Garage doors are a part of our day-to-day existence, but we don't give them much thought. So long as the door opens and closes at the click of a button, you probably don't consider the possibility that your overhead door could actually be unsafe. Consider the fact that your garage door is a large, heavy piece of metal suspended over your head. You cross under it multiple times a day. Powerful machinery lifts and lowers it. The possibility of danger is high—especially if you don't have the right safety features.
Luckily, most modern garage doors come outfit with essential safety features that greatly reduce the possibility of damage or injury from a broken garage door. Keep reading to find out if your garage door has all the necessary safety features. And, if your garage door breaks, look into the garage door spring repair cost in Forsyth, IL,before more serious damage occurs.
You're probably relatively familiar with this safety feature, as it's been around for a while. As a kid, you might have made a game of pushing the garage door button, then running out and hopping over the sensor before the door closed. (By the way, we don't recommend this, as it can be extremely unsafe.) However, those sensors do a lot more than just provide an invisible obstacle for your escape from the garage; they prevent serious harm and damage from occurring.
The photo-eye sensors that detect motion are positioned on either side of your garage door. If the beam between the two sensors is broken by a person or object passing under the door while it's closing, it will engage your garage door's auto-reverse functionality, returning it to a fully open position. If you try to close the door while something is underneath it, it will refuse to close. This ensures that no property is damaged, and no people or pets are injured by being trapped under a closed garage door.
This is another safety feature that utilizes your garage door's auto-reverse functionality. After all, not all obstructions in your garage door's path will necessarily be blocking the beam between the photo-eye sensors. Your garage door should also be equipped with a pressure sensor to prevent anybody or anything in its path from being crushed—even if they're not blocking the sensors.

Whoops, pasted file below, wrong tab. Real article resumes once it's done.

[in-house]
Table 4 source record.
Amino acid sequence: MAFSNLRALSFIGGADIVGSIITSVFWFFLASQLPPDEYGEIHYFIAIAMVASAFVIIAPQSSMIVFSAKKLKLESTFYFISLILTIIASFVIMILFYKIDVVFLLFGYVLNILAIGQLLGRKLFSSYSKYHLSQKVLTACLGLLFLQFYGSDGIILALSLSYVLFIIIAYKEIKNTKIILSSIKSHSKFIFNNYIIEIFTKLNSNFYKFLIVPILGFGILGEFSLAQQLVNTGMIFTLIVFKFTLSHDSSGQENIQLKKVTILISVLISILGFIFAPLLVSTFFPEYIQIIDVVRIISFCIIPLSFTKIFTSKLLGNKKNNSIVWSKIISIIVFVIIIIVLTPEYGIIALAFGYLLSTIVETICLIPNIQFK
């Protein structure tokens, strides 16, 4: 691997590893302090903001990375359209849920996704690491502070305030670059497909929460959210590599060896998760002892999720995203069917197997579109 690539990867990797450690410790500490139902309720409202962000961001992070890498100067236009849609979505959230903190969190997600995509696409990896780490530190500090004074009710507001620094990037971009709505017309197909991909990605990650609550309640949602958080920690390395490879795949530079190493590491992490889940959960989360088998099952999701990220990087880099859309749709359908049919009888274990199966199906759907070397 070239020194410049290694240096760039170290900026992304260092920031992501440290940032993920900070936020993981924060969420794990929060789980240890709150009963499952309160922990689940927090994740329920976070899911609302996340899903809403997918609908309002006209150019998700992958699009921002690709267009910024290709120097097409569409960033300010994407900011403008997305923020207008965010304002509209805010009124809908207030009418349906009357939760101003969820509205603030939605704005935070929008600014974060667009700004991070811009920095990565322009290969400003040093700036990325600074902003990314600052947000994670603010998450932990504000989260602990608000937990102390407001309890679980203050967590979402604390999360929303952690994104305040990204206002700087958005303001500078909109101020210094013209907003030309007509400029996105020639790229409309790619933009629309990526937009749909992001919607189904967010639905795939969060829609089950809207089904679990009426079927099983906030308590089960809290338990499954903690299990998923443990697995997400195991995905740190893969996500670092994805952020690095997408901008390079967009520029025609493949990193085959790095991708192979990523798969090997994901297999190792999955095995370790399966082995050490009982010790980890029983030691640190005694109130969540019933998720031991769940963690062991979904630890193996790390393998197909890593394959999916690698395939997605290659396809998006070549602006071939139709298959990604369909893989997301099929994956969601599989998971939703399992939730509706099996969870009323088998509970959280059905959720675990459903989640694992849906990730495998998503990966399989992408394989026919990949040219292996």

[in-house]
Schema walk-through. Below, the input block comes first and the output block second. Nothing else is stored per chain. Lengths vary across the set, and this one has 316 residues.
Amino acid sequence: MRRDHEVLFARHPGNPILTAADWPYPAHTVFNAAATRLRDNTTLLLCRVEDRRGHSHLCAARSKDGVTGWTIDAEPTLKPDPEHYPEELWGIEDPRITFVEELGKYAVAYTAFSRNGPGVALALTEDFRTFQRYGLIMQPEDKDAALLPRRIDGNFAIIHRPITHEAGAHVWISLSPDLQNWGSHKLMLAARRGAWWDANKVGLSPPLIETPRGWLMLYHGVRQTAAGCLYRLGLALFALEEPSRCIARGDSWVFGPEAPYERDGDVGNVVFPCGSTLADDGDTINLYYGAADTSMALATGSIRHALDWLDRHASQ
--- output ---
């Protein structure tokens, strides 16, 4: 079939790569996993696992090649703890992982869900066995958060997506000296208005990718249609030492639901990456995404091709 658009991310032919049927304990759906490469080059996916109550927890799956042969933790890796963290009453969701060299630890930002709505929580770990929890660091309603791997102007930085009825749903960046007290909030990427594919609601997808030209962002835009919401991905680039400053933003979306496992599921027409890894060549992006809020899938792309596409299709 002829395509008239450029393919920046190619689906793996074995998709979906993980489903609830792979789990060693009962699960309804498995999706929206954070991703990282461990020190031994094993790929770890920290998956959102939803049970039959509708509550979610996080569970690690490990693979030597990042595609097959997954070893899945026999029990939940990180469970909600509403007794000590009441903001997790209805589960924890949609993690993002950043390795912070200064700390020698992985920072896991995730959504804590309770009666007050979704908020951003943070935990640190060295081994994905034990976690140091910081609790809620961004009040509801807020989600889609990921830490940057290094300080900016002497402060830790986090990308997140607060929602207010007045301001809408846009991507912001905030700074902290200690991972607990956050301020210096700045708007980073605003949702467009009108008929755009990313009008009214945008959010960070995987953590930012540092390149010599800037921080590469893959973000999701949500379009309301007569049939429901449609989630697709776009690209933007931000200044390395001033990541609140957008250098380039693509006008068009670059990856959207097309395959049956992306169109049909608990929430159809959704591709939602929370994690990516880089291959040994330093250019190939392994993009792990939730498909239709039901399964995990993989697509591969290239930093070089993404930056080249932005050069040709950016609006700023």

You can test your garage door's pressure sensor by standing beside your garage door as it closes. Hold out your hand, and press up on the bottom of the garage door as it closes. Do not stand directly under the path of the garage door; use only your hand! The door should apply slight pressure, then reverse when it feels the resistance of your hand. If it doesn't, you should contact a garage door professional about repairing the sensor, or possibly installing one if you have an old garage door system.
Manual operation of your garage door enables you to open and close it even in the event of a power outage. While it's not necessarily a safety feature that prevents injury or damage to property, it can make your life a lot easier. You should be able to engage the manual operation by pulling down on the red emergency cord that hangs from your garage door's motor. This disconnects the door from the motor so that you can lift and lower it manually.
Of course, even a garage door with all these safety features isn't safe if it's not properly maintained. If your garage door has any damage, such as worn springs, look for garage door spring repair in Forsyth, IL,right away to prevent property damage and potentially serious injuries. Contact Midstate Overhead Doors today for a quote!